There are seven types of Hermansky-Pudlak syndrome (Table I), although some of these (types 5, 6, and 7) have been identified in few or even just one individual. The classification is based on identifcation by the specific aberrant gene and its functions. The most common type has been found in northwest villages of Puerto Rico, where the prevalence of this syndrome is about 1 in 1800 individuals. All forms of the syndrome have an autosomal recessive mode of inheritance. Of note, there are inbred mice with homologous (comparable) defects that allow for the study of the molecular and cellular basis of each of these seven types of Hermansky-Pudlak syndrome.

Table I.

Hermansky-Pudlak classification
Type Clinical Features Gene Defect Protein Defect Geographic Location
1  Serious bleeding diathesis and increased risk of pulmonary fibrosis and colitis HPS1 (10q2.3)  BLOC-3 complex Northwest Puerto Rico
2  Neutropenia and infections AP3B1 (15q1.5)  AP-3 complex  Non Puerto Rican
3  Mild bleeding diathesis; normal lung and GI function HPS3 (3q24)  BLOC-2 complex Central Puerto Rico and Ashkenazi Jews
4  Relatively severe similar to HPS1 HPS4 (22q11.2-q12.2)  BLOC-3 complex  Non Puerto Rican
5  Mild albinism and bleeding HPS5 (11p15-p13)  BLOC-2 complex  One Turkish child
6  No pulmonary or intestinal disorders but epistaxis HPS6 (10q24.31)  BLOC-2 complex European and Israeli Bedouins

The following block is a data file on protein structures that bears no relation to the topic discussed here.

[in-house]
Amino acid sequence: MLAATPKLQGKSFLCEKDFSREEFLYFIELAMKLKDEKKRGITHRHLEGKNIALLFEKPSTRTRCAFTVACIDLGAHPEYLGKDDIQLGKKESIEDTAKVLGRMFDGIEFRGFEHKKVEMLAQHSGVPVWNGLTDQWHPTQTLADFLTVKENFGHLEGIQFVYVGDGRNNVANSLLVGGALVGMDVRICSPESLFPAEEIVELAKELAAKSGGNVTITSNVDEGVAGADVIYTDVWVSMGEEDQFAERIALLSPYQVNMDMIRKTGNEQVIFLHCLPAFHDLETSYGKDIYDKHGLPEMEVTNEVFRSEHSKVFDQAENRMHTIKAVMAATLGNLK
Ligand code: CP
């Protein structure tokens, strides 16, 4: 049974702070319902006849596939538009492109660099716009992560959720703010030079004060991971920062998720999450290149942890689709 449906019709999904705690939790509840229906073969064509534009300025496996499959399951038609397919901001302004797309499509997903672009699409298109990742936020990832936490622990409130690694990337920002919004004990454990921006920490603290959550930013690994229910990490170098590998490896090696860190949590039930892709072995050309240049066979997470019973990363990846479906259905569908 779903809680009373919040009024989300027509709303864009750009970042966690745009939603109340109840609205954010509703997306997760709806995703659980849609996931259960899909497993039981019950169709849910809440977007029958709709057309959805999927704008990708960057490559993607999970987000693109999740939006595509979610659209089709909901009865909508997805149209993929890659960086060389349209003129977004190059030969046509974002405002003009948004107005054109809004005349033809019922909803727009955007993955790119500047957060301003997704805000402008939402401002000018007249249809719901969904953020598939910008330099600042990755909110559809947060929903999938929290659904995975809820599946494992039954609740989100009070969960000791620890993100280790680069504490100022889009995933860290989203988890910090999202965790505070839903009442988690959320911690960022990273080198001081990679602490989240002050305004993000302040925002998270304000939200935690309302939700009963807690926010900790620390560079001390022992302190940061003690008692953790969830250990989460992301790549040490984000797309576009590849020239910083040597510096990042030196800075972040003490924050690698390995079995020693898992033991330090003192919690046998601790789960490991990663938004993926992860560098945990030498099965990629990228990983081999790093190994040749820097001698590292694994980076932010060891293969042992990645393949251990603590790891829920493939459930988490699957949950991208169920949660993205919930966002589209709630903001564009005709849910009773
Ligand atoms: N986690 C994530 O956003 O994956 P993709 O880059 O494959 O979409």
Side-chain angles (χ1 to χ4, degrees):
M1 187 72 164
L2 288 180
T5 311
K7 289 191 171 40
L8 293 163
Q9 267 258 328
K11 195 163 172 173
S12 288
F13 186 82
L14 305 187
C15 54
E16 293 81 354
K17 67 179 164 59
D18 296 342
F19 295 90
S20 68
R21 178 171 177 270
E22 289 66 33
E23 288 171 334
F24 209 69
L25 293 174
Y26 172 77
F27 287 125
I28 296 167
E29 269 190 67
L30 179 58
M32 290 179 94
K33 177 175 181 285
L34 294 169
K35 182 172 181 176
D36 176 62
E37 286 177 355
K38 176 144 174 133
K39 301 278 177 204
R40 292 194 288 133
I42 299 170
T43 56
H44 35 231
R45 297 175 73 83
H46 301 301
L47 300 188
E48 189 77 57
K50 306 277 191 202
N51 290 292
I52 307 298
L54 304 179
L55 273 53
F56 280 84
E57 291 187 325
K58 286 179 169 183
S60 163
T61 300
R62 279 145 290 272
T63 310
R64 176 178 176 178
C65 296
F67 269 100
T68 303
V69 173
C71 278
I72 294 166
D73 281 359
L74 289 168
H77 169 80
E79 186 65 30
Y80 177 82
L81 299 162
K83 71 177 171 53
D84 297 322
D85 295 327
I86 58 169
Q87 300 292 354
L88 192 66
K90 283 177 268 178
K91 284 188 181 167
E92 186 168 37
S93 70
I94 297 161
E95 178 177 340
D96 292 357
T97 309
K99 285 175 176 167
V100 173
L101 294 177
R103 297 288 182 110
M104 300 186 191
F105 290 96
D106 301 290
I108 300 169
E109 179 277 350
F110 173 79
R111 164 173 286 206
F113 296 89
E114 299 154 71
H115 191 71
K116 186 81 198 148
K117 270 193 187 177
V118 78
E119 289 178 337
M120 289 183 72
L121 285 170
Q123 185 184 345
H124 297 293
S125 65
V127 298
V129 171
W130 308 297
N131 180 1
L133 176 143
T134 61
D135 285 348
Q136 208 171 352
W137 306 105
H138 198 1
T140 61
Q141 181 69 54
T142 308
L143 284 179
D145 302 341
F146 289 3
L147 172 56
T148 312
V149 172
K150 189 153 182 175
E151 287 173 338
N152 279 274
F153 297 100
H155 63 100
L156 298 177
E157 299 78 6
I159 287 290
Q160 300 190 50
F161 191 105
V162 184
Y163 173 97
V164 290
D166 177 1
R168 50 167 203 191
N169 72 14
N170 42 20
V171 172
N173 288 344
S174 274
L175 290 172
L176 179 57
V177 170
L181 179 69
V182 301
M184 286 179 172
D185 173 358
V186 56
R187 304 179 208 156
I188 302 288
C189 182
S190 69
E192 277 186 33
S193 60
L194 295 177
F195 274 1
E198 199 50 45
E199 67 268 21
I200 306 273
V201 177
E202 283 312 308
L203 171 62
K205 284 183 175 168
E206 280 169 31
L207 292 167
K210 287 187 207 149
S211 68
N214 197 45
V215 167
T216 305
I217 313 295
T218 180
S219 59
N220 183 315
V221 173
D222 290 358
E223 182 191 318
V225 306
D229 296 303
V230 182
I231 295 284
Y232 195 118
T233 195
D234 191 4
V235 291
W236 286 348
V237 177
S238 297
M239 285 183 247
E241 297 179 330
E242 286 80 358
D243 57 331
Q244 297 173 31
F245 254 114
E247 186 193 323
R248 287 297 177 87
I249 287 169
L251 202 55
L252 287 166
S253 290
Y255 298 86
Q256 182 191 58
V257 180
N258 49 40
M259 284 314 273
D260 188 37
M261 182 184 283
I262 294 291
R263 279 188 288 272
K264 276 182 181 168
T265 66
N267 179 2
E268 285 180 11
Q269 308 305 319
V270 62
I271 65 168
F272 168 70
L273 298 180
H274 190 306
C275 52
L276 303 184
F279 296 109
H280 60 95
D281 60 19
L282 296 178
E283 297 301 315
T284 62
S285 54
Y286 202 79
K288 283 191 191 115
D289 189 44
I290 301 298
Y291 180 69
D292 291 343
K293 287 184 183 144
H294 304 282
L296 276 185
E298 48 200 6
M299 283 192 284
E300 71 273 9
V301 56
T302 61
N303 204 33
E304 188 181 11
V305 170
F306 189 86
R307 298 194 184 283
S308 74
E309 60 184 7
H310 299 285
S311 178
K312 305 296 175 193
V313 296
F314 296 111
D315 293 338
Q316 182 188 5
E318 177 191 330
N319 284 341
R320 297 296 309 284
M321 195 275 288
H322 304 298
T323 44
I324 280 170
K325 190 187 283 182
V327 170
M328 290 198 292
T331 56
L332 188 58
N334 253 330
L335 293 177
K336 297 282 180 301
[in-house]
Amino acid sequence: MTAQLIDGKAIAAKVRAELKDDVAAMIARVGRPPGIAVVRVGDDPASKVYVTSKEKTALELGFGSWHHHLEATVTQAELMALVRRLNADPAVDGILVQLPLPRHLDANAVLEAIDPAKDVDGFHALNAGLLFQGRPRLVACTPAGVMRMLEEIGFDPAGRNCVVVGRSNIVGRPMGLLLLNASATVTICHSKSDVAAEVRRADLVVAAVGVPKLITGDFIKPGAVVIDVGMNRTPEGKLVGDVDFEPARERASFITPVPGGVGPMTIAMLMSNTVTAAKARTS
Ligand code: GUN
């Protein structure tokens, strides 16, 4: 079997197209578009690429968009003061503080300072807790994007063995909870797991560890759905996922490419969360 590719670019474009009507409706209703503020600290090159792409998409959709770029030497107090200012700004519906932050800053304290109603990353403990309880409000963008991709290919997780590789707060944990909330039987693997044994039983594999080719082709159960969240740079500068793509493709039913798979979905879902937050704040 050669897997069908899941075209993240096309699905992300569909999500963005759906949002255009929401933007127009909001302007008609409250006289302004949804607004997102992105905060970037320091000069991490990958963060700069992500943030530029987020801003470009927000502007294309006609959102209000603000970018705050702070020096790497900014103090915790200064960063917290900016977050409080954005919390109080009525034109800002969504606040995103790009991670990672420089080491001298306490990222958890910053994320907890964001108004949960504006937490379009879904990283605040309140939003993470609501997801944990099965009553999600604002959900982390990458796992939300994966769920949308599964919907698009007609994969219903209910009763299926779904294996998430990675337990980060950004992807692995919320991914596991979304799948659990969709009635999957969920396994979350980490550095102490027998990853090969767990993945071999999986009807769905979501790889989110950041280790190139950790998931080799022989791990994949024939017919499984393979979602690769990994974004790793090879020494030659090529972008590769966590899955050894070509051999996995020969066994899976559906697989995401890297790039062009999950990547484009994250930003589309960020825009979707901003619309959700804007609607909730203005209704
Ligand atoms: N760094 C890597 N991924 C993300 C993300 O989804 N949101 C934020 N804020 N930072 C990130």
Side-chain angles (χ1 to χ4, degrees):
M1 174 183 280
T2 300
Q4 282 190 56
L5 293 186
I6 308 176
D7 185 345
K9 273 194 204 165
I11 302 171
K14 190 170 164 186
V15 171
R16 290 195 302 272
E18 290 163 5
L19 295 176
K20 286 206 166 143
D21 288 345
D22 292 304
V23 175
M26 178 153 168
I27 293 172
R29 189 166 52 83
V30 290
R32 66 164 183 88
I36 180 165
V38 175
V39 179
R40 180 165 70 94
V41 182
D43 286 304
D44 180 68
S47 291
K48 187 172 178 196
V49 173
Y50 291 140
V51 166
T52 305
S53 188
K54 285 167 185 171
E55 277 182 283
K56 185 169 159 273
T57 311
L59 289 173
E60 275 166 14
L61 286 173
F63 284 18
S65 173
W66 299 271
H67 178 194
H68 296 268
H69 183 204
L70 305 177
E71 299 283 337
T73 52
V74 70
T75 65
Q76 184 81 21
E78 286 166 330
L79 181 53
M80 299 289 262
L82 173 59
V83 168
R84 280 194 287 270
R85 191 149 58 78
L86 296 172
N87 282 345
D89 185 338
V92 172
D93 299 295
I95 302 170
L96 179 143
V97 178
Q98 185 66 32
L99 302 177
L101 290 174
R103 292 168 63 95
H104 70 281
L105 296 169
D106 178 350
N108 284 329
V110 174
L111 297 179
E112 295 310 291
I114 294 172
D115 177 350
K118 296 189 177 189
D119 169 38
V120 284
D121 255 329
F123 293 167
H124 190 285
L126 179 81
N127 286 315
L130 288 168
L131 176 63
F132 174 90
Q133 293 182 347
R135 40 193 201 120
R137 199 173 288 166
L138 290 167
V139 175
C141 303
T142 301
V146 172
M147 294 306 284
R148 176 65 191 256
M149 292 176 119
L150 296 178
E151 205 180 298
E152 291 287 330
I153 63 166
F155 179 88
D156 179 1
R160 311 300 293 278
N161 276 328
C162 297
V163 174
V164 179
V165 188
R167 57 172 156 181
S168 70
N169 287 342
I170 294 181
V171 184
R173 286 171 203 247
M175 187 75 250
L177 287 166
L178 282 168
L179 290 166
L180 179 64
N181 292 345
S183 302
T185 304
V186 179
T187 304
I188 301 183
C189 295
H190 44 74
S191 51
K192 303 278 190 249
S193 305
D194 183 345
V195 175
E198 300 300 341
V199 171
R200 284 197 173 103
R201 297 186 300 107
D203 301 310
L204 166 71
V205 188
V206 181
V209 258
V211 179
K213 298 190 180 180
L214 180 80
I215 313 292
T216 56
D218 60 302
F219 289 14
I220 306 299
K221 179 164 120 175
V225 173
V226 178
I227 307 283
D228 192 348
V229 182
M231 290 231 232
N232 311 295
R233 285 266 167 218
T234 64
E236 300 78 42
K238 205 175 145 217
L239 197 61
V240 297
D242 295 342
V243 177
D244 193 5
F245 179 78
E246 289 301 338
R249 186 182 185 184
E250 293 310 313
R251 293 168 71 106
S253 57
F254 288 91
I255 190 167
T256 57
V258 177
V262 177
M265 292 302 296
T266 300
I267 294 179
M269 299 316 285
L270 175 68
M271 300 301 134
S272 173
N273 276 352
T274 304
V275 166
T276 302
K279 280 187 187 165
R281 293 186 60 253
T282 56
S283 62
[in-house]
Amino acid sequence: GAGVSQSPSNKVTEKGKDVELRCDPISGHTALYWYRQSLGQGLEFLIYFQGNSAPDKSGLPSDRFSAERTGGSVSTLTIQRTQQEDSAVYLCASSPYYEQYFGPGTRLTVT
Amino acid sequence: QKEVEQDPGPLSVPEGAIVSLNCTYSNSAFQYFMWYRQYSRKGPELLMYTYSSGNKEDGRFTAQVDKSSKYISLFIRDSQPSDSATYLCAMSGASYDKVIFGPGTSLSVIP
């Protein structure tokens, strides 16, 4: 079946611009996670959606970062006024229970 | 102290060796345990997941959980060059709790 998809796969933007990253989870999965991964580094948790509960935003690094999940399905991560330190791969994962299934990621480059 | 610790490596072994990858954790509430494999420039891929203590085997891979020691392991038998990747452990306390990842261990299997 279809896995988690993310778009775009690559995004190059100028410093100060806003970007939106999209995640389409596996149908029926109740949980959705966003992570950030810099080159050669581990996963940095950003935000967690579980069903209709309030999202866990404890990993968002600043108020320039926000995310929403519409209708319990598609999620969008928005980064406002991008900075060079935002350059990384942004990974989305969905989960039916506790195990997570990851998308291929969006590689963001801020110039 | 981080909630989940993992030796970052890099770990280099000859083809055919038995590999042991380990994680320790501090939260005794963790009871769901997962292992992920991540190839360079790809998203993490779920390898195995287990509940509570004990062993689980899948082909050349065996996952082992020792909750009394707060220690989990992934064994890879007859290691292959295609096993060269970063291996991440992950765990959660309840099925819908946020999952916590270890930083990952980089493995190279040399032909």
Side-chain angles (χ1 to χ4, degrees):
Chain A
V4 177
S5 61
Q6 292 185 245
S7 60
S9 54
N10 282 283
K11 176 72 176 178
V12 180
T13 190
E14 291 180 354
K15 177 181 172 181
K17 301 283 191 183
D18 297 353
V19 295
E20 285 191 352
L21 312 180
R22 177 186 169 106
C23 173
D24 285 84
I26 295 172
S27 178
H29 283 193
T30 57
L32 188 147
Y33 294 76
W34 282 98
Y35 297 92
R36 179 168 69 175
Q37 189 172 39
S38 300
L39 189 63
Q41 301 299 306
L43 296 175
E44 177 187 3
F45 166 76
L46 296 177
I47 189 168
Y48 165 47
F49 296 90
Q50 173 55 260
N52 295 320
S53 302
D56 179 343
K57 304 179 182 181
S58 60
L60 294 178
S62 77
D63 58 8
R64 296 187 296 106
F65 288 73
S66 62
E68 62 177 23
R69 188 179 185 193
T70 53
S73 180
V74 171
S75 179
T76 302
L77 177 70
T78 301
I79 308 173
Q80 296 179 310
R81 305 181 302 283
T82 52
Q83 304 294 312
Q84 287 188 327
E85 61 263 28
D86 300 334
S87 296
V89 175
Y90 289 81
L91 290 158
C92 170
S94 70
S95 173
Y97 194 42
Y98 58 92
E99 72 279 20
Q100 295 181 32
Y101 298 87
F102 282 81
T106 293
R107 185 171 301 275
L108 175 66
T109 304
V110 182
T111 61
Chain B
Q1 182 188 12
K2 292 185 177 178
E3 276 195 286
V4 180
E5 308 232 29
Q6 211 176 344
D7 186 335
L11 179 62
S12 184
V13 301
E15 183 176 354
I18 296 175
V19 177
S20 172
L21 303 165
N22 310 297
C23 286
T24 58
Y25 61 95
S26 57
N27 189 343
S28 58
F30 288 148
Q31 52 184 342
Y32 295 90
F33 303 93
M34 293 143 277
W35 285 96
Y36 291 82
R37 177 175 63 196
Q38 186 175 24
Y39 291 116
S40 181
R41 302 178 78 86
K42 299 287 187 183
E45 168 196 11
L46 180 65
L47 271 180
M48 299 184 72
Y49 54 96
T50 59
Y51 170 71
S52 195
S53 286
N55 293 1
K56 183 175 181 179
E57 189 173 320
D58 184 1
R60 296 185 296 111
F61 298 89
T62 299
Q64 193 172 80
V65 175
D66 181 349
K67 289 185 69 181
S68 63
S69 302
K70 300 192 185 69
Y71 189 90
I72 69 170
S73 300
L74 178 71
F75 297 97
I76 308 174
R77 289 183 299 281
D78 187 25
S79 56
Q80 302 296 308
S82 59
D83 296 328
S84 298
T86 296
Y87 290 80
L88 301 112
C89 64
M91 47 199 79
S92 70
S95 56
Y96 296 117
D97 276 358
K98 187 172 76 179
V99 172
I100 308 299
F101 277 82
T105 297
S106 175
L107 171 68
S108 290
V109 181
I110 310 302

7  Albinism, bleeding and pulmonary symptoms. HPS7 (6p22.3)  Dysbindein in BLOC-1 complex  One woman

Characteristic findings on physical examination

The typical patient with the syndrome resembles an albino with oculocutaneous albinism type 2. The amount of pigment in the skin and hair is variable. The skin is light and hair blond to tan or even reddish (Figure 1, Figure 2). Freckles and pigmented macules can be present similar to individuals with oculocutaneous albinism 2. They can exhibit markedly sun damaged skin (see Figure 1). They have all of the ocular defects common to albinism.

Figure 1.

A woman from Puerto Rico with typical Hermansky-Pudlak. Note the red hair, the many actinic keratoses and pigmented macules and the albinoid skin color.

Figure 2.

The family of patient in figure 1. Three children are affected, but a sister and mother are normal. The children all have translucent irides not visible because of shading. Note the variation in color of the hair and skin of the four affected individuals.